David Boaz, of the libertarian Cato Institute, notes that the current incarnation of the Republican Party has turned its back on federalism, abandoning the Reagan Revolution. Unfortunately, he’s right. (It still won’t convert me to the Libertarian Party, Tom, so don’t bother.) I love the dig on the Dems, though:
But most liberals can’t give up their addiction to centralization. Even as they rail against federal intervention in the Schiavo case — arch-liberal Eleanor Holmes Norton, the District of Columbia’s delegate in Congress, discovers for the first time in her life that “the bedrock of who we are” is the “Founders’ limited vision of the federal government” — they push for stricter regulations on pesticides and painkillers, a higher national minimum wage, and federal gun control laws.
I’ve been reading this fascinating essay by James, Piereson, “Investing in the Right Ideas.” His account of how the Democratic Party, once led by classical liberals, virtually overnight became the party of the whining, class-warfare, everyone-in-a-group, welfare-state cheerleaders we have come to know and loathe, is intriguing. In addition, the three states of how investing in modern conservative thinking came to be in this country is, of course, the focus of the essay and equally interesting.
Finally, liberalism itself came to be recast along interest-group lines. The welfare state was redefined from a package of programs through which Americans lent assistance to the poor, the sick and the disabled to a system through which certain defined groups could command government support as a matter of right and as compensation for past injustices. Society was cast as the guilty party, the recipients as its aggrieved victims. This sleight-of-hand in turn made it difficult for government to require the beneficiaries of its aid to adapt their behavior to the standards of middle-class life.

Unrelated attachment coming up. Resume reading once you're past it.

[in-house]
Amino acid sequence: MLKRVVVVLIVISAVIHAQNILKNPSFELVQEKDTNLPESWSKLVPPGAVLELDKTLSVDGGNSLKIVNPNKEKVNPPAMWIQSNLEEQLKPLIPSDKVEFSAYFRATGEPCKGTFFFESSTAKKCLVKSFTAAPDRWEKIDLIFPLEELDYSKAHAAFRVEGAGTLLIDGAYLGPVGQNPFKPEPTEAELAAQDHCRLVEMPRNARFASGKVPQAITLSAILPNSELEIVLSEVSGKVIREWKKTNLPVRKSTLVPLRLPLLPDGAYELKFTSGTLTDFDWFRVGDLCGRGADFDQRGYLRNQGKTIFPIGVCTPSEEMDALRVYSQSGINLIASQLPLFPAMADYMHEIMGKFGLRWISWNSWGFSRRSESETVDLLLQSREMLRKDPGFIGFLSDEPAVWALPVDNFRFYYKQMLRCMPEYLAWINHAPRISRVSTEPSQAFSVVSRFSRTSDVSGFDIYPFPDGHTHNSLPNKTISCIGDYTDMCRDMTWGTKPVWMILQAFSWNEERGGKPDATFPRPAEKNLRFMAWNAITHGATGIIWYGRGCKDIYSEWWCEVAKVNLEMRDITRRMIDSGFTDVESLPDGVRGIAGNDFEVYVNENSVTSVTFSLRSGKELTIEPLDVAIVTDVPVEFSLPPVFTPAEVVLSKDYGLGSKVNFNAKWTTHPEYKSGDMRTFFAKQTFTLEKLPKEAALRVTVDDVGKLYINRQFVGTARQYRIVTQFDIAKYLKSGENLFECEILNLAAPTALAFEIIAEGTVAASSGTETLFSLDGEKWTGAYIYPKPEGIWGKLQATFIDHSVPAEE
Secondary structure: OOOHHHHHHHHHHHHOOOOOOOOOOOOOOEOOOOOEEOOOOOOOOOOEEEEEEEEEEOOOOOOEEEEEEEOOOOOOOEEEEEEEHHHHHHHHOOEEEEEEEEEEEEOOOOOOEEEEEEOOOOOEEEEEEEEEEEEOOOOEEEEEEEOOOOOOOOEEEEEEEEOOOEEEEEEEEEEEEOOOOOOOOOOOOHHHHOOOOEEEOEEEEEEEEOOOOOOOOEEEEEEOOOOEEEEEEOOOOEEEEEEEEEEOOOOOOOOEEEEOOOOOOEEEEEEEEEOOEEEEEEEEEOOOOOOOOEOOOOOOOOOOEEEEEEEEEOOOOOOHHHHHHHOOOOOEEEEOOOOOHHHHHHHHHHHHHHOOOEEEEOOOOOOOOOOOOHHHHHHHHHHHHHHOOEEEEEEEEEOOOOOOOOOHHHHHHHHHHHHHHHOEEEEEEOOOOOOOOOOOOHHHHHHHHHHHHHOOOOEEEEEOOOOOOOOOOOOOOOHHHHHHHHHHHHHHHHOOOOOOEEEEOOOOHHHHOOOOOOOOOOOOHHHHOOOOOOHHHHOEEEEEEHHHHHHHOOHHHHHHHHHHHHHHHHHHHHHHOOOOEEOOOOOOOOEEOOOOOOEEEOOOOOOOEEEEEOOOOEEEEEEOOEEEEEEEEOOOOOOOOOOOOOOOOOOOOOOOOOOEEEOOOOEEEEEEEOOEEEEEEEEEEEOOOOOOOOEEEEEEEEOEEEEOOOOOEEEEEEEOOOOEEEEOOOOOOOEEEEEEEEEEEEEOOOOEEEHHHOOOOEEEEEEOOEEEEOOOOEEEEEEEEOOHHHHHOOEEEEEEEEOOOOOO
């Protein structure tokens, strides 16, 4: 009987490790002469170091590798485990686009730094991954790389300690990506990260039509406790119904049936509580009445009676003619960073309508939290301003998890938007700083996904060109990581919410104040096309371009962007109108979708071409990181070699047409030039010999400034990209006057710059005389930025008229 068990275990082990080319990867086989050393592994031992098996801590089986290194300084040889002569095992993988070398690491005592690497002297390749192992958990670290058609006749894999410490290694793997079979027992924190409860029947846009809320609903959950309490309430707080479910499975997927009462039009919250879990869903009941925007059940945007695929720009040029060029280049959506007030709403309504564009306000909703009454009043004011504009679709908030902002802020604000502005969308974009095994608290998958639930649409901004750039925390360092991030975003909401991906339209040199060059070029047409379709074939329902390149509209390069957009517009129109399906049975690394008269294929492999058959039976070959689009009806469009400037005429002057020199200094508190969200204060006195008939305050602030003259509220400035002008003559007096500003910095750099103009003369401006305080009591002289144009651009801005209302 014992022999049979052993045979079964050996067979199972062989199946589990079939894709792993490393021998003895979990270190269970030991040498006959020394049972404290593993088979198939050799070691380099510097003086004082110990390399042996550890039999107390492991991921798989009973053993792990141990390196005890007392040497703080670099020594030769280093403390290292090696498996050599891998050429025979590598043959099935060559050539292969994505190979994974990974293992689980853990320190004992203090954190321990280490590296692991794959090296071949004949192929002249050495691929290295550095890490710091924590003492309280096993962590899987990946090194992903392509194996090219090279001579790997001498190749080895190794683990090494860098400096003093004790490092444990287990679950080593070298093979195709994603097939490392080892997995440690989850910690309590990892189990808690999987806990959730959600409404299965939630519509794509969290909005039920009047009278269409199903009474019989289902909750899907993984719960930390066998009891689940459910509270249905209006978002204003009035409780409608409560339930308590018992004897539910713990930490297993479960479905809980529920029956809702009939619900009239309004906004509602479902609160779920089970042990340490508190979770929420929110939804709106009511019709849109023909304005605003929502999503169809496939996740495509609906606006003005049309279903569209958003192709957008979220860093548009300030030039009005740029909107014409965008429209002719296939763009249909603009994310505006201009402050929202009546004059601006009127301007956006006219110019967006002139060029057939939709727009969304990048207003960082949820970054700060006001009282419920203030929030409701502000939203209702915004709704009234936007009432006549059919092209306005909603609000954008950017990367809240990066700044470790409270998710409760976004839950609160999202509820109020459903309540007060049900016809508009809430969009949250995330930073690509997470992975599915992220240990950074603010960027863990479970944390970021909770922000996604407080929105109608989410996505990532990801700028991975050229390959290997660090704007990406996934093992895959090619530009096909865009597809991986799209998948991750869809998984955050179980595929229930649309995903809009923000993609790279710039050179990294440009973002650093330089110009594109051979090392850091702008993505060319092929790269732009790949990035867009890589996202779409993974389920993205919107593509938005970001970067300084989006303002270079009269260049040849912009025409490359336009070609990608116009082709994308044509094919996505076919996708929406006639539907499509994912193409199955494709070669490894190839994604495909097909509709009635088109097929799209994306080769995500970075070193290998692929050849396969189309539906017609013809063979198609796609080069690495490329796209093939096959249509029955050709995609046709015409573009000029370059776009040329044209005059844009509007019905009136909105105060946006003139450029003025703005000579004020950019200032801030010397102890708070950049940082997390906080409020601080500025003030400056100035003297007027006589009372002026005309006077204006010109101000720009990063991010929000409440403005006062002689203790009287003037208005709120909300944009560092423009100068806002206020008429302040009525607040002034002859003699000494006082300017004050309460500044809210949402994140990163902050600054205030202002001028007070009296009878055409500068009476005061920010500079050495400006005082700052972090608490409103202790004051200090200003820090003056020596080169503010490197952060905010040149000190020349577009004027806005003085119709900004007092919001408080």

As liberalism gradually absorbed the adversarial assumptions of the age, group-based claims became ever more strident and accusations of discrimination and injustice multiplied. In time, the new order would erase those large-hearted features of liberal philosophy that had made it appealing to middle-class Americans from the 1930s through the 1960s.